MB

 

Members Login
Username 
 
Password 
    Remember Me  
Post Info TOPIC: SUPPRESSION /ALBATROSS


Status: Offline
Posts: 2221
Date:
RE: SUPPRESSION /ALBATROSS


Pete, got mine too yesterday, amazing article really and amazing photo of the bird next to a greylag in Lincs, worrying how the birdwatchers at Carsington didnt even know it was an Albatross, it still hurts.hmm.gif

__________________


Status: Offline
Posts: 2186
Date:

I received the latest edition Birding World yesterday which includes the very thorough and well illustrated article...

Gantlett, S. & Pym, A. 2007. The Atlantic Yellow-nosed Albatross from Somerset to Lincolnshire - a new British bird. Birding World 20 (7): 279-295.

It makes for interesting reading detailing the occurences during June and July in Somerset, Derbyshire, Lincolnshire, Norway, Sweden and the Faroe Islands and also covering taxonomy and distribution etc.

-- Edited by Pete Hines at 11:36, 2007-08-17

__________________
Updated birding videos on You Tube https://www.youtube.com/c/PeteHinesbirding


Status: Offline
Posts: 2221
Date:

more torture it seems, i wonder where the next belated report will come from. Just shows you what can turn up anywhere at anytime, at least we had a gannet although not much consolation, never know we may get a skua in GM if these conditions carry through August.

__________________


Status: Offline
Posts: 15338
Date:

Arggghhhh.......probable Yellow-nosed Albatross at Carsington Water (deepest, darkest Derbyshire) on the 2nd of July (info thanks to Birdnet Pagers), which would fit in nicely with the previous sighting in Somerset and the most recent one in Lincolnshire if it's true. Imagine that at Audenshaw, ringing a friend "I think I've just had an Albatross briefly on number 2"..."yeah right!" would laugh the reply, but then this just goes to show wink.gif, even better, ringing a friend "I'm sure I've just had an Albatross over the garden"...now come on, what you you reply? smile.gif



__________________

Forum administrator and owner



Status: Offline
Posts: 2221
Date:

Oh My God, no way, surely notcrying.gif This cant be real, please tell me its not real.


__________________


Status: Offline
Posts: 15338
Date:

Hmmm, the plot thickens hmm.gif

Apparently on the 3/4th of July an immature Yellow-nosed Albatross was photographed by a fisherman in Lincolnshire on a lake near Messingham, go to the Lincs website at www.lincsbirdclub.co.uk an click on the photo album to see the two images of the bird, although be warned...it could make you really sick doh.gif

__________________

Forum administrator and owner



Status: Offline
Posts: 193
Date:

Here are the 4 records, you decide how many birds are involved!

Norway (Grip): 28th June 3pm (initial date of 29th was apparently wrong)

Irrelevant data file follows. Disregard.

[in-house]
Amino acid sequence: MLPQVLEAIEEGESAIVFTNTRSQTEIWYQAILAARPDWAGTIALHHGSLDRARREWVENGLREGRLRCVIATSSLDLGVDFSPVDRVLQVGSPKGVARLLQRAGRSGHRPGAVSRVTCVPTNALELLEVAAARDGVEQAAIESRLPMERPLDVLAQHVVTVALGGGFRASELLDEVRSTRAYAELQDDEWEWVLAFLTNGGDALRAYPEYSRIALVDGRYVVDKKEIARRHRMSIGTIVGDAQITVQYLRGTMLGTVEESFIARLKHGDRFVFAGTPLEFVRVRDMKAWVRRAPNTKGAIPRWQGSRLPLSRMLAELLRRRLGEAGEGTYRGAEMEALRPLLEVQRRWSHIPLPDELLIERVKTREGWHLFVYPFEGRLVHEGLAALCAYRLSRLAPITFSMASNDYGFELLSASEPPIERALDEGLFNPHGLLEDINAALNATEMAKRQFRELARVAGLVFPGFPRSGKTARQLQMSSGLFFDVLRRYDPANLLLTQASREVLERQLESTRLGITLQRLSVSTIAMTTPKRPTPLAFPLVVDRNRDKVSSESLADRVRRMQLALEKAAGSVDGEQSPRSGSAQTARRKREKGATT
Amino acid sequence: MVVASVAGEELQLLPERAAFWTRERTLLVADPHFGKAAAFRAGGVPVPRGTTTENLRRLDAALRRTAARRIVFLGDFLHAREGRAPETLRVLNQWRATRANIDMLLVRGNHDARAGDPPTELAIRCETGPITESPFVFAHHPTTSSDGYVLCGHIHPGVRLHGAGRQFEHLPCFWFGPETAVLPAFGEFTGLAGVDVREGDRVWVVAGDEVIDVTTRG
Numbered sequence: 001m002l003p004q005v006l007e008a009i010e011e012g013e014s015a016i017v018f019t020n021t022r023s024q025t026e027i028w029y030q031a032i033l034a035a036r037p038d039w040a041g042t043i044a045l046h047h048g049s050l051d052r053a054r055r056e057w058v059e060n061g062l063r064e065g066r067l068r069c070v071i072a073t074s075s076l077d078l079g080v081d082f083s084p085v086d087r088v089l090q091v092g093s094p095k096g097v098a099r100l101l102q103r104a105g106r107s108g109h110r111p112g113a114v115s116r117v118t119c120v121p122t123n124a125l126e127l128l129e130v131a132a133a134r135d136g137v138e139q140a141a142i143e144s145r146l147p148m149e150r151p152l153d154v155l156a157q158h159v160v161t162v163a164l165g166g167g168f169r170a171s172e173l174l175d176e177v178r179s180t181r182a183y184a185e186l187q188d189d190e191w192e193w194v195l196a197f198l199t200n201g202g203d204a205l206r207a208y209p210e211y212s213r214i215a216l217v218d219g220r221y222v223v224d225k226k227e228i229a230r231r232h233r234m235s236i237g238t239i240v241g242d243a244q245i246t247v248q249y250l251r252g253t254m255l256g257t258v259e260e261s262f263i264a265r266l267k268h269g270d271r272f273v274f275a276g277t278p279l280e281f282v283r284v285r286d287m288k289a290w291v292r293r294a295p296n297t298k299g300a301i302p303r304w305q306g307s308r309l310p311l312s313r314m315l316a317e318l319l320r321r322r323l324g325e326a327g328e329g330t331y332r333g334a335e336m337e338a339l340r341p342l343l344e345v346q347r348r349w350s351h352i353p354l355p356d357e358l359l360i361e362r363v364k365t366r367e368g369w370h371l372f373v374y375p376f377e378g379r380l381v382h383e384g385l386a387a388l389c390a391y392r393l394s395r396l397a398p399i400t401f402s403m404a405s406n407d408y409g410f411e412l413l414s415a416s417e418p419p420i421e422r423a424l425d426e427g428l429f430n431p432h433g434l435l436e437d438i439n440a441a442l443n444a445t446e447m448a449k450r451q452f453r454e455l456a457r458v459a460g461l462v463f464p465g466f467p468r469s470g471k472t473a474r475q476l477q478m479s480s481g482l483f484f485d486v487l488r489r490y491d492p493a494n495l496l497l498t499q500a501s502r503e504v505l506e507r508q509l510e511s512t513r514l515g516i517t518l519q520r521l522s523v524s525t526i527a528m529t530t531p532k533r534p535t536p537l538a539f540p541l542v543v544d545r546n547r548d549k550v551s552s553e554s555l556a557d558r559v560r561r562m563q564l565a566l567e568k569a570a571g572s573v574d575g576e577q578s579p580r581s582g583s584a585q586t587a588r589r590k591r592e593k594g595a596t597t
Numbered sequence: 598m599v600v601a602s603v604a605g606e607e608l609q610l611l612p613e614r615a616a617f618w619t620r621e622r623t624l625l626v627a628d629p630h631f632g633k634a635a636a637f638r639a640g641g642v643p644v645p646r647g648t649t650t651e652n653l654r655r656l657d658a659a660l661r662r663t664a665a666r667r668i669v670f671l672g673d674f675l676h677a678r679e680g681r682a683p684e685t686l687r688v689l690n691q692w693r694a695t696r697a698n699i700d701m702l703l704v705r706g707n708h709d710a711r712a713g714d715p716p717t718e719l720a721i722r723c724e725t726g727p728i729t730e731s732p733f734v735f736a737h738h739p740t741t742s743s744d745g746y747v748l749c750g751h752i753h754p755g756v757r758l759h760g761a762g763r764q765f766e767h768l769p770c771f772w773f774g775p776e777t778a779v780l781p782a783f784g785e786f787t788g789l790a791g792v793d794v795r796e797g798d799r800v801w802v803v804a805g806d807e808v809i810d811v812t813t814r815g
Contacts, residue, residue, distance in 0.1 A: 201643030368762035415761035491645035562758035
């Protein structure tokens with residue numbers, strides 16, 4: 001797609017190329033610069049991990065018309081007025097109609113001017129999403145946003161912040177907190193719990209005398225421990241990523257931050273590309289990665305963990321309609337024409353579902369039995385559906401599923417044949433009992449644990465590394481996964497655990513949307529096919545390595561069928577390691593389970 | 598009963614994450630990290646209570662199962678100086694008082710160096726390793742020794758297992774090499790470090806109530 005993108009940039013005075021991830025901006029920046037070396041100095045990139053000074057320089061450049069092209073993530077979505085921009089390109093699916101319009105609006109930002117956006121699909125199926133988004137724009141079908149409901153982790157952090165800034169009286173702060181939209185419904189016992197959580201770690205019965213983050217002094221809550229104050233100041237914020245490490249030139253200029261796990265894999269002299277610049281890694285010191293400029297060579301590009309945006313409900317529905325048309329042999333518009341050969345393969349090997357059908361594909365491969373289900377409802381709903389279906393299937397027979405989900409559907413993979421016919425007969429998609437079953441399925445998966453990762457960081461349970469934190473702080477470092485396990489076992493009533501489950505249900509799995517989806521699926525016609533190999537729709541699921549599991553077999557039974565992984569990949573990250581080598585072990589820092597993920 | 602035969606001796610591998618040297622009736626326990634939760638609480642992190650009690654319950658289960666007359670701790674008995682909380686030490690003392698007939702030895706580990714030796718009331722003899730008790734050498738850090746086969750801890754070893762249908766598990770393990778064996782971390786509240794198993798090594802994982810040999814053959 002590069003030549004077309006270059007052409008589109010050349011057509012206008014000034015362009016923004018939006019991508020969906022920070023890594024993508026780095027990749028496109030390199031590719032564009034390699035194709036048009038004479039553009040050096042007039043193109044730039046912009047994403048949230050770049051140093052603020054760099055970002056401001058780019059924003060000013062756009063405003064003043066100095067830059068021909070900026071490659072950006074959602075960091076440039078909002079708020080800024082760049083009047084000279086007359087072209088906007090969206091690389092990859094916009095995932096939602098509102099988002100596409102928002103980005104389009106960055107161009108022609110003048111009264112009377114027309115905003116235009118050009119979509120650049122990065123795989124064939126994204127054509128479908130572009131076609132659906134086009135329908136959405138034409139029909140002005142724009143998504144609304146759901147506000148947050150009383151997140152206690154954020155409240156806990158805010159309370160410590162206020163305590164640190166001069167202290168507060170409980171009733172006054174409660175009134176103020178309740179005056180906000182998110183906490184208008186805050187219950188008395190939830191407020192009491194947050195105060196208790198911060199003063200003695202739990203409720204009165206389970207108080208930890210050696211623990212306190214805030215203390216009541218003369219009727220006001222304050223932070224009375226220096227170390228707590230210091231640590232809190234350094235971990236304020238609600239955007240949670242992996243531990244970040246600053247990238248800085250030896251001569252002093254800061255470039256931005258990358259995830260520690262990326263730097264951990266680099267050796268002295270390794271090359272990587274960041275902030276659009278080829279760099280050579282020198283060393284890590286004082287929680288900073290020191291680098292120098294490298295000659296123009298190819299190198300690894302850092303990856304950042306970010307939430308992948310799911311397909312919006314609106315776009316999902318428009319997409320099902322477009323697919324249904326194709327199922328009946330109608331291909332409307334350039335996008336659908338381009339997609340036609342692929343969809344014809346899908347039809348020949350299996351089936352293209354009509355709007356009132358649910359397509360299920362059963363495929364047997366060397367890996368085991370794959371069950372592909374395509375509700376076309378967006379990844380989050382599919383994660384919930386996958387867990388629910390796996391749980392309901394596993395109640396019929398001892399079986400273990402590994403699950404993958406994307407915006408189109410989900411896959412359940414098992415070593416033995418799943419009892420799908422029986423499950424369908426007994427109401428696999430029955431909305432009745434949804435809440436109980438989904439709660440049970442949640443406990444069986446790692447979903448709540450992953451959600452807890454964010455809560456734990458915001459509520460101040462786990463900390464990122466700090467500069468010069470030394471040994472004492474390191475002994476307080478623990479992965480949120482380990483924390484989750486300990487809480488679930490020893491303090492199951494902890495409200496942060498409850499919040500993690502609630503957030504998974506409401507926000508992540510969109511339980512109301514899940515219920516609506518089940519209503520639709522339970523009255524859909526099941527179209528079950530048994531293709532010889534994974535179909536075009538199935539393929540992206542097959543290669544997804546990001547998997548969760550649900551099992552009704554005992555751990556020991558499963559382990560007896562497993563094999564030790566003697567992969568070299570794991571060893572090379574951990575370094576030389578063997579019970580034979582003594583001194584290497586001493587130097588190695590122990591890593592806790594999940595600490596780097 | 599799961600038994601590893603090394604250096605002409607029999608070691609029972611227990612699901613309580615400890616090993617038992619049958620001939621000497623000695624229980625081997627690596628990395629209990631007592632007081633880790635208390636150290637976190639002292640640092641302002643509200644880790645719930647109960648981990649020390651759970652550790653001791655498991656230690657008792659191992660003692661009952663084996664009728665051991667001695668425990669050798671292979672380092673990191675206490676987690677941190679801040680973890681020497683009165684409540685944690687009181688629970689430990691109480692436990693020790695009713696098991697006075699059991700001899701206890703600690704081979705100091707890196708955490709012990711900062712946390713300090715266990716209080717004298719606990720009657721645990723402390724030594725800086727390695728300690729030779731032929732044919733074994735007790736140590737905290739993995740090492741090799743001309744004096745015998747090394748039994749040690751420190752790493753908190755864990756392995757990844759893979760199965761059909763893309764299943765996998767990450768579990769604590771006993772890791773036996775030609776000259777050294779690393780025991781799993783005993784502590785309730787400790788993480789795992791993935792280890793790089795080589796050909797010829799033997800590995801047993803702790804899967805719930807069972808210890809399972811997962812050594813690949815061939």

Somerset (Brean): 29th June (released 30th)
Norway (Heidrun): 4th-8th July (presumed same as 28th June)
Sweden (Landskrona & Malmo): 8th July

__________________


Status: Offline
Posts: 1528
Date:

I[spoiler] I agree with everyone....... but I still want to see one in Britain preferable from the TURKS HEAD while drinking a pint of guinness....

__________________


Status: Offline
Posts: 937
Date:

I agree with pete Berry

South Africa is very cheap once you get there and the views of Albatrosses you get on the pelagic cruise are outstanding - see

http://www.tonycoatsworth.co.uk/images/southafricapix.htm

__________________



Status: Offline
Posts: 15338
Date:

Opinion seems to favour 2 birds (atleast) currently at large in Western Palearctic waters with the one knocking about Sweden recently and our bird which may still be making it's way around British waters, not surprising really given their long distance flying capabilities and the size of the bloody oceans smile.gif

__________________

Forum administrator and owner



Status: Offline
Posts: 2221
Date:

Hmm flying inland that sounds like our bird?

__________________


Status: Offline
Posts: 15338
Date:

Some nice pics of this Swedish bird at:

http://www.microbirding.se/lomma/bild.asp?id=285

http://www.microbirding.se/lomma/bild.asp?id=284



__________________

Forum administrator and owner



Status: Offline
Posts: 1149
Date:

A bit of a "fall" really - the other bird involved is still leading the Scandanavian birders a merry dance: from Birdgides today:

13:54 08/07/07 European News: A sub-adult Yellow-nosed Albatross was seen seen moving south offshore at Landskrona, c.30km north of Malmo, Sweden at 12:20 this afternoon.

14:33 08/07/07 European News: the sub-adult Yellow-nosed Albatross was in Malmo harbour, Sweden early afternoon and was last seen disappearing inland to the east !



__________________
Rob


Status: Offline
Posts: 2221
Date:

when are you next going?wink.gif

__________________


Status: Offline
Posts: 1198
Date:

Its a real easy country to do yourself,and incredibly cheap as the rand has crashed in recent years.I spent 3 weeks there,less hassle than you get in Manchester town centre,good hotel for a tenner,3 course meal plus wine for a fiver,empty roads,lots of good birding,can't beat it.

__________________


Status: Offline
Posts: 2221
Date: